My thoughts on hunting the Caprivi Strip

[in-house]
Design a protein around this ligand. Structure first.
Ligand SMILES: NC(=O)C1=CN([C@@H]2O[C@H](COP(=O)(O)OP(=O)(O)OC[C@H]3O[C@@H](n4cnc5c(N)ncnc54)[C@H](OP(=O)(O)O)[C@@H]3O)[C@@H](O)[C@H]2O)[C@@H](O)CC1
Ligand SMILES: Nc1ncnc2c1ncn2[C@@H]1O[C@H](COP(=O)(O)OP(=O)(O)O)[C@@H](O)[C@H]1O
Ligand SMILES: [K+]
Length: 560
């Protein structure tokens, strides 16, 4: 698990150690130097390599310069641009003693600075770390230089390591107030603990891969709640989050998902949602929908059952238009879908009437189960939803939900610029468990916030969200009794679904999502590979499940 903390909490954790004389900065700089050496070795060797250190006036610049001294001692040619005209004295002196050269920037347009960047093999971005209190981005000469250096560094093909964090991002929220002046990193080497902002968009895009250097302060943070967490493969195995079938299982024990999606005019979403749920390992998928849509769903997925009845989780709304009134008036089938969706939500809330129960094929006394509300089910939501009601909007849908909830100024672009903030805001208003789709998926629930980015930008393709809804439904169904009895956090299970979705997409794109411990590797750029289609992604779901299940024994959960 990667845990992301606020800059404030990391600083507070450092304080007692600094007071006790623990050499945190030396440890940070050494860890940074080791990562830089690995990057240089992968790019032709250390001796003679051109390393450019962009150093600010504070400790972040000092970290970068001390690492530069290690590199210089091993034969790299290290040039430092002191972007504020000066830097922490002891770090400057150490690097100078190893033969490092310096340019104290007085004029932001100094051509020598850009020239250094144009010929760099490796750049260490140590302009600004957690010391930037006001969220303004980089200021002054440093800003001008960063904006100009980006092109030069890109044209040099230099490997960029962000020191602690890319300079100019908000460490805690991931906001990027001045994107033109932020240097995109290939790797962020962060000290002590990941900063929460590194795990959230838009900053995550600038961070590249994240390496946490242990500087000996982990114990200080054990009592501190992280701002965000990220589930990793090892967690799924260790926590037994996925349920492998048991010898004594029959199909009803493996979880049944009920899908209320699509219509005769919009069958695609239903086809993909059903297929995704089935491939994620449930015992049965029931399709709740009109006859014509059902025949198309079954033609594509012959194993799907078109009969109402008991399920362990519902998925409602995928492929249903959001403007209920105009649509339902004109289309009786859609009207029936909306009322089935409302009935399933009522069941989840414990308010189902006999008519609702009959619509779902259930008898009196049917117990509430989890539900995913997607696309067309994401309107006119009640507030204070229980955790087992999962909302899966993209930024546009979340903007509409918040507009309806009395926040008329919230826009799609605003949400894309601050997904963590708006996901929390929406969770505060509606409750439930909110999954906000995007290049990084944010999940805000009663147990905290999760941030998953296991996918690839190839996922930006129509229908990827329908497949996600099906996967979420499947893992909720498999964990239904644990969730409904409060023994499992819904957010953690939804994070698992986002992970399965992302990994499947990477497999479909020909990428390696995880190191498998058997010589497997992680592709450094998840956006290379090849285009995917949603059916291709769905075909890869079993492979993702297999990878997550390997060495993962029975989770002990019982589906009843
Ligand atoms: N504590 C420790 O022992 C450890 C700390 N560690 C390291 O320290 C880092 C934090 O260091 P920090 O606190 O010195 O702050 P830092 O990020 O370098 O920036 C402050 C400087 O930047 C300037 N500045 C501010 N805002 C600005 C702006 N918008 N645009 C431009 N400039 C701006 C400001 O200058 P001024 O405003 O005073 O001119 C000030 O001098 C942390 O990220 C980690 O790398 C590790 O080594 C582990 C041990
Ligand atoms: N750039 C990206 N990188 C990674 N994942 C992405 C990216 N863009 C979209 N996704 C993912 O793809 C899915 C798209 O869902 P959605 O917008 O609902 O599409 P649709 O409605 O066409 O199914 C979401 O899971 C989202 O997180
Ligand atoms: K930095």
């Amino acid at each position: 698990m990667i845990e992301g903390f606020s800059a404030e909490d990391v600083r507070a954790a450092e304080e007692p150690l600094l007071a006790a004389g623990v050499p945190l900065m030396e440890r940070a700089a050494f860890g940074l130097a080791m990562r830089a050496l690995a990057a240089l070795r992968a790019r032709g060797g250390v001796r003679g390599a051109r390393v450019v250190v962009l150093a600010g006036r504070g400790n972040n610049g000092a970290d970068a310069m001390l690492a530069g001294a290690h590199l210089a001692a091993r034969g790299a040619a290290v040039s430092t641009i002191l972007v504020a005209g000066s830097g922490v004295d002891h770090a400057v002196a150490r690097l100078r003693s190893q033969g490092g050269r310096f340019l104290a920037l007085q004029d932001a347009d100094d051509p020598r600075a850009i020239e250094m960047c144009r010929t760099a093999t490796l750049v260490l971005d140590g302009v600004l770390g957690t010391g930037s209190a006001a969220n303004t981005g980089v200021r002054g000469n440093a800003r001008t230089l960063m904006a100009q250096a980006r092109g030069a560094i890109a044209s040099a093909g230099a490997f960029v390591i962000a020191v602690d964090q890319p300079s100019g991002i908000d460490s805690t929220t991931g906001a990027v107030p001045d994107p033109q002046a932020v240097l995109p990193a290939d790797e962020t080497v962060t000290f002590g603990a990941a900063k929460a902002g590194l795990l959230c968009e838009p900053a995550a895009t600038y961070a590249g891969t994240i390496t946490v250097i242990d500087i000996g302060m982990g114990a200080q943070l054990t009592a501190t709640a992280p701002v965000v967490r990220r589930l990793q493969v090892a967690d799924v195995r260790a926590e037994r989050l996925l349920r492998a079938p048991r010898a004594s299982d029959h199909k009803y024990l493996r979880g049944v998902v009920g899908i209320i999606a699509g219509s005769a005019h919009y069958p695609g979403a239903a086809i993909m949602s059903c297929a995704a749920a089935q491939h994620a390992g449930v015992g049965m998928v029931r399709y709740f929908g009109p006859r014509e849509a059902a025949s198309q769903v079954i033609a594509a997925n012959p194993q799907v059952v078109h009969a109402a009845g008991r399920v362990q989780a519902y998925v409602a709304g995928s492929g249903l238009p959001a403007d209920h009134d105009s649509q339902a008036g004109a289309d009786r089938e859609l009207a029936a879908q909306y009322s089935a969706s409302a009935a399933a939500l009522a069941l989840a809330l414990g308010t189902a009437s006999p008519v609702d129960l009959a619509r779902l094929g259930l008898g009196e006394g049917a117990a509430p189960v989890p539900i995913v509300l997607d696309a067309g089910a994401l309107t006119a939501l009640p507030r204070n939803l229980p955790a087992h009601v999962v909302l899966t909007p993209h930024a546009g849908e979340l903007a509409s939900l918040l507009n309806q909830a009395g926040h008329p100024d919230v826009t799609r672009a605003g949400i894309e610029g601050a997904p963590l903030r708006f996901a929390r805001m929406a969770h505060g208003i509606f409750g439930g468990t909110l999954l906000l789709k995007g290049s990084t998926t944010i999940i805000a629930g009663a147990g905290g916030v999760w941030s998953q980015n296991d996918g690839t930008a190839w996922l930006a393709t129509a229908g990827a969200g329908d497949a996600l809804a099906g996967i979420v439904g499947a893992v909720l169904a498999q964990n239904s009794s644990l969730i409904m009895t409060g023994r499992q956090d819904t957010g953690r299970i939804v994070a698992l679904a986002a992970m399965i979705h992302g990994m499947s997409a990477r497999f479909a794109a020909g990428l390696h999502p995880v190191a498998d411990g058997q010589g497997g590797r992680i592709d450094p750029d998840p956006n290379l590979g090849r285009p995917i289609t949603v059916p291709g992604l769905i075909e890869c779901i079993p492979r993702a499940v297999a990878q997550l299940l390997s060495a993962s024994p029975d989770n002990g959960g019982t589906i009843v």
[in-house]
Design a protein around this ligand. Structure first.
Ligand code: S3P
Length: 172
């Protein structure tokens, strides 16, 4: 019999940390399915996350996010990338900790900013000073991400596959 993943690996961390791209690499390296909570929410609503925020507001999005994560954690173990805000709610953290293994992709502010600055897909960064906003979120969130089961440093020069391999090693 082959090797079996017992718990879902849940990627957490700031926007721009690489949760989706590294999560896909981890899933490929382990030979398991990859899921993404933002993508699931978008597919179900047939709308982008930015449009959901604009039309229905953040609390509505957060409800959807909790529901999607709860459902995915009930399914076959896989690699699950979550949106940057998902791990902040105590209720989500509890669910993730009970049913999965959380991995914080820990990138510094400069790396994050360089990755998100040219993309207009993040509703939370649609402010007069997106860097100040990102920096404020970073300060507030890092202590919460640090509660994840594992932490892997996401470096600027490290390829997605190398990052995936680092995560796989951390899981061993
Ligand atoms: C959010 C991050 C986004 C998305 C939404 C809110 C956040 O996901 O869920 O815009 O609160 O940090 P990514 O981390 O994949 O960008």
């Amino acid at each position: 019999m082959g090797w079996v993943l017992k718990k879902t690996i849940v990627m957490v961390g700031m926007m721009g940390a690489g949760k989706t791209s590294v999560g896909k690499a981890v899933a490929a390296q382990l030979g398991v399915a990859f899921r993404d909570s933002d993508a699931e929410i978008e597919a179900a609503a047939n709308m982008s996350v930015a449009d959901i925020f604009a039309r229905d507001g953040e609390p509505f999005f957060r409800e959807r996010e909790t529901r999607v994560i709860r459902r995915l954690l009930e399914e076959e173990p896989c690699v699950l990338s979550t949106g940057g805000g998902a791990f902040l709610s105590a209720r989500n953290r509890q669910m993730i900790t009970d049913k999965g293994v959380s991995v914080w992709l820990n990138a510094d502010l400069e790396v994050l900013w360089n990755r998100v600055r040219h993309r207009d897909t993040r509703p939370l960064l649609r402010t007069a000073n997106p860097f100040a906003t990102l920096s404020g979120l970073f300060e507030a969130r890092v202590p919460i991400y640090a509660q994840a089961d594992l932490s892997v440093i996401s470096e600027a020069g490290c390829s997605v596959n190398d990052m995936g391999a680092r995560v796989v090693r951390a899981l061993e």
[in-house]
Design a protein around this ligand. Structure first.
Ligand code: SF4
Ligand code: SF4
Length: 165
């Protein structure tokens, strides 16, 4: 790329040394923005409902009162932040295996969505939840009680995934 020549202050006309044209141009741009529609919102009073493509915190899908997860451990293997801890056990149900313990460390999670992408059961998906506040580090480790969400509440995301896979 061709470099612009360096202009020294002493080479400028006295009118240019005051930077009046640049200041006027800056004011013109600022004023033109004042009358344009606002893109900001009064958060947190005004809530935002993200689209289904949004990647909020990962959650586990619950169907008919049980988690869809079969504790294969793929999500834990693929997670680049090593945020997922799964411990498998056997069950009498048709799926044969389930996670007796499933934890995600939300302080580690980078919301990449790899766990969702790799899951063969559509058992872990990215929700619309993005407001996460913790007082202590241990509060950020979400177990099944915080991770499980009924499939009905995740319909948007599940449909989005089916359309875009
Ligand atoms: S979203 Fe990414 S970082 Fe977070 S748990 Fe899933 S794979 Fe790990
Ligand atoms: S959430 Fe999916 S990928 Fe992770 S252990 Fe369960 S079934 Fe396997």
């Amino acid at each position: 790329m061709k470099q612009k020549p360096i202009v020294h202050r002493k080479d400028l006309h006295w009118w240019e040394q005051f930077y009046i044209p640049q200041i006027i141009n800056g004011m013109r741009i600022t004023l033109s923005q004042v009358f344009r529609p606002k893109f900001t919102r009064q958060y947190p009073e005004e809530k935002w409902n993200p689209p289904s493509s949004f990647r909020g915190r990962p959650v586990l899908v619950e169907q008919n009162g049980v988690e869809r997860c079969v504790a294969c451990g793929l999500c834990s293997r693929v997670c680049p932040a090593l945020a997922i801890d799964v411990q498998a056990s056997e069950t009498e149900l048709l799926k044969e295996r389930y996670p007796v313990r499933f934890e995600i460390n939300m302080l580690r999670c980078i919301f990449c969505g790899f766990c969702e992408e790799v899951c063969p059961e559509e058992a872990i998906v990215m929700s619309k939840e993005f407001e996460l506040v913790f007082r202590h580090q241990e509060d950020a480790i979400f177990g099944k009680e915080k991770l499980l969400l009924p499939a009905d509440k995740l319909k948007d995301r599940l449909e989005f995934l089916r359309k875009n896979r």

by david on March 16, 2015